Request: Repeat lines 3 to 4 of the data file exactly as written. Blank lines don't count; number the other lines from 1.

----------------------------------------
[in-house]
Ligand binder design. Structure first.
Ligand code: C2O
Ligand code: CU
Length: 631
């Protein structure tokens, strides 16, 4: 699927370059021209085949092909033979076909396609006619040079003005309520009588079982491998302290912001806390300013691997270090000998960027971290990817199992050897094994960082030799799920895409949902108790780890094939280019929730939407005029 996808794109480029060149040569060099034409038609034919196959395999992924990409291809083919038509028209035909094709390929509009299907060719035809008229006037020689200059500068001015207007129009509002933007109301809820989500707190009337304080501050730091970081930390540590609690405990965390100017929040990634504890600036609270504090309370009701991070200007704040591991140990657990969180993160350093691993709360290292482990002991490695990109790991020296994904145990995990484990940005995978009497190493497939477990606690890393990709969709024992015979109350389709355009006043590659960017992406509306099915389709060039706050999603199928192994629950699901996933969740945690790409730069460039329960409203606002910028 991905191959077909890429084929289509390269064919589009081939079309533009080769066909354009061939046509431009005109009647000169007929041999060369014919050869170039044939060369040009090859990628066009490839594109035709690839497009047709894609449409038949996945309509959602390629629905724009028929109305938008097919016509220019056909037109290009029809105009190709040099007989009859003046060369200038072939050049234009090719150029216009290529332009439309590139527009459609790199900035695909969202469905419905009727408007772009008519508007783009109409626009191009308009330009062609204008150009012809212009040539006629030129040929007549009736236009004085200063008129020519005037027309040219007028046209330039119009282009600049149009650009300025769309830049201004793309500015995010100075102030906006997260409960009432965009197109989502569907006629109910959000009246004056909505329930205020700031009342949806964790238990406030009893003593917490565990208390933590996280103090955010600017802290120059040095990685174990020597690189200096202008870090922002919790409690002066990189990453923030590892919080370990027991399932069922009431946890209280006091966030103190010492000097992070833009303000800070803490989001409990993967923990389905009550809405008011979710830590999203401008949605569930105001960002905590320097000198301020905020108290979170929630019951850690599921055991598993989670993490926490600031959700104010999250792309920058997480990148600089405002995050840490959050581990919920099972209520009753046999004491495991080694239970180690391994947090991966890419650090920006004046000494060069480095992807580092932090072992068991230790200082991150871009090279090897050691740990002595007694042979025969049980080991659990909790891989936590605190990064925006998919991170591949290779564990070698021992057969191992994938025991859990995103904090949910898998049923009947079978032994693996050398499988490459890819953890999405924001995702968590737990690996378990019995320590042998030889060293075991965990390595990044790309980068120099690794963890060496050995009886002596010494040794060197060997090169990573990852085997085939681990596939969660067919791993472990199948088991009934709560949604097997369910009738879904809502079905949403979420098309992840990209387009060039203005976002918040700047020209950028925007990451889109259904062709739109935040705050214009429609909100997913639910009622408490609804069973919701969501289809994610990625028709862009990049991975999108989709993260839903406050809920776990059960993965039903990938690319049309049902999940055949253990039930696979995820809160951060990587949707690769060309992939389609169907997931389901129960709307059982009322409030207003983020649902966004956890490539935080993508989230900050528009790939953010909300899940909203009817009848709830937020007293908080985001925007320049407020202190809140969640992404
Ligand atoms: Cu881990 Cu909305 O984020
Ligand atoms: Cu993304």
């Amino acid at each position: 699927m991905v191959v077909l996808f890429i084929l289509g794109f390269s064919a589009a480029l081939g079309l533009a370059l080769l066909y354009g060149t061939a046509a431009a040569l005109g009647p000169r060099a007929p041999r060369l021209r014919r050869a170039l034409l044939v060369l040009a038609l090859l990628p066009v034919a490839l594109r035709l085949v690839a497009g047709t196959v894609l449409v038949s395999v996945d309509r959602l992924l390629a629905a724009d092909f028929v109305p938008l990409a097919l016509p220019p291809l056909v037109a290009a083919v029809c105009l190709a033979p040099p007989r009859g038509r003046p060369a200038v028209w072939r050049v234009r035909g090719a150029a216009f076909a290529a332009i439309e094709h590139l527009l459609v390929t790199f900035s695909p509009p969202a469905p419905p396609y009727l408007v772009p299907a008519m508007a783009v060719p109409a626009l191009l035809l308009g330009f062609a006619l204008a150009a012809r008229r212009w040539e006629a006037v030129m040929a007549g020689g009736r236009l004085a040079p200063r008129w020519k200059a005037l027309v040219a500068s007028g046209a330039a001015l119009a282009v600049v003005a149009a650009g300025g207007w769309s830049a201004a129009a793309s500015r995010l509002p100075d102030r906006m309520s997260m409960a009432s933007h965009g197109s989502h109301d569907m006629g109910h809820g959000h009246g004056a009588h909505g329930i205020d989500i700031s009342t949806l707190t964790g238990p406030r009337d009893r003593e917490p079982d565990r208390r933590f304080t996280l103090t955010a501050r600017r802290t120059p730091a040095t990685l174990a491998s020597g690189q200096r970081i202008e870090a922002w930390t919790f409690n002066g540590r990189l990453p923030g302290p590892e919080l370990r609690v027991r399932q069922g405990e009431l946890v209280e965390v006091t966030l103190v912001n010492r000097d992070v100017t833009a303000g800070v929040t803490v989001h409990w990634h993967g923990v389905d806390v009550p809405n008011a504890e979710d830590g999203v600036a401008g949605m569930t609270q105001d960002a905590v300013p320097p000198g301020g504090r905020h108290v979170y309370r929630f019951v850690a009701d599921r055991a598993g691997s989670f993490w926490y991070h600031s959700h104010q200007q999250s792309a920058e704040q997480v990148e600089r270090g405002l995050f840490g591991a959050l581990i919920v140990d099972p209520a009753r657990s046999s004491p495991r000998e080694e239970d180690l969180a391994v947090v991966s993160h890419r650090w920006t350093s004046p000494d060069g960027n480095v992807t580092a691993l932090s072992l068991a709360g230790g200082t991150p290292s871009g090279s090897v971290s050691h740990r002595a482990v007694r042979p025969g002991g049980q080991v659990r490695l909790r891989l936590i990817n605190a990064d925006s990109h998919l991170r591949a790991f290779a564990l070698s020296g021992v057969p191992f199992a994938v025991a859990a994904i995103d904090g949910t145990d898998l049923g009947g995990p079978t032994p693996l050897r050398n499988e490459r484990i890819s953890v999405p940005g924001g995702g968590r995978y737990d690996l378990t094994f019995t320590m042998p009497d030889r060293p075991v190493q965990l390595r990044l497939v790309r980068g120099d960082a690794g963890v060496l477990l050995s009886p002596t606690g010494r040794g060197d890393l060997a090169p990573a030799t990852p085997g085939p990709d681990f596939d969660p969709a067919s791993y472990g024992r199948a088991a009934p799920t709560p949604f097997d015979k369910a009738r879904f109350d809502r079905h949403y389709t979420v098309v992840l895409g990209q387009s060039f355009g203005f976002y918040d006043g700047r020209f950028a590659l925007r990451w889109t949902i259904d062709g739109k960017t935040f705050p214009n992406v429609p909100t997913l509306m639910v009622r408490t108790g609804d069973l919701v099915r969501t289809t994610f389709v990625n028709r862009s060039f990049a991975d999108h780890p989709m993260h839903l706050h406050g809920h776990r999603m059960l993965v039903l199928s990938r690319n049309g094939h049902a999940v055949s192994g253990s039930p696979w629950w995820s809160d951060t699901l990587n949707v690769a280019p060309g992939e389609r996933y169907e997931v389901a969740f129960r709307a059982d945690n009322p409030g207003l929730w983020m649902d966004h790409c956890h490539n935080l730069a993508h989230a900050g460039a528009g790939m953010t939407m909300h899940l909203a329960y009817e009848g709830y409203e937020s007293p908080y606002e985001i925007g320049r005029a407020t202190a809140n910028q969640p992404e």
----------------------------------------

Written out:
Ligand code: C2O
Ligand code: CU